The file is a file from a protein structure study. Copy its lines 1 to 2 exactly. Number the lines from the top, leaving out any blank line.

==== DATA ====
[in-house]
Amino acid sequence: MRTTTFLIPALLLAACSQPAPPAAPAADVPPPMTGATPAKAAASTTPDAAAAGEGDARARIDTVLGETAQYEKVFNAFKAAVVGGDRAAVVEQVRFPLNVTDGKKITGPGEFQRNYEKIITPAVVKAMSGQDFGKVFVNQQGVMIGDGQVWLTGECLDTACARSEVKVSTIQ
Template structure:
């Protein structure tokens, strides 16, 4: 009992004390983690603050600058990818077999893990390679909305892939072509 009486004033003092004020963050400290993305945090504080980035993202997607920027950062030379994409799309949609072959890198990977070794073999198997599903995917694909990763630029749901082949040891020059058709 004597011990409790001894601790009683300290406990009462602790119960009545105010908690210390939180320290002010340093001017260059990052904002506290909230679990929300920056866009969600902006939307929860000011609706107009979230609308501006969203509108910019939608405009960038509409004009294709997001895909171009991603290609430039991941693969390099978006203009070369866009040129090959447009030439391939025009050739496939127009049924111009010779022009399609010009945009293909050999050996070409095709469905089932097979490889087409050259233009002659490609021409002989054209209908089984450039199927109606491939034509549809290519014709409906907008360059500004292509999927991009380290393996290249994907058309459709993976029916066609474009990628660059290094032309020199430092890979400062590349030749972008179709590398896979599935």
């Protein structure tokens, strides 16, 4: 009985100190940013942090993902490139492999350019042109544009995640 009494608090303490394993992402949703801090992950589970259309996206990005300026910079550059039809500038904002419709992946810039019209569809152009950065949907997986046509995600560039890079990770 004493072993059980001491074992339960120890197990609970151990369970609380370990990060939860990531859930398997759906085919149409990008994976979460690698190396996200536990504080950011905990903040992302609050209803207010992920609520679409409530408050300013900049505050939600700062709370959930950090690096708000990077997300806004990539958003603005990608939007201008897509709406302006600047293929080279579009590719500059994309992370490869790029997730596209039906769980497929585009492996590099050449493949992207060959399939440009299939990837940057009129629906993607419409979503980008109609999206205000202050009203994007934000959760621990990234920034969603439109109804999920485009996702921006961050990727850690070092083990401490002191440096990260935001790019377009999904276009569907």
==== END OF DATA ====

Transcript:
[in-house]
Amino acid sequence: MRTTTFLIPALLLAACSQPAPPAAPAADVPPPMTGATPAKAAASTTPDAAAAGEGDARARIDTVLGETAQYEKVFNAFKAAVVGGDRAAVVEQVRFPLNVTDGKKITGPGEFQRNYEKIITPAVVKAMSGQDFGKVFVNQQGVMIGDGQVWLTGECLDTACARSEVKVSTIQ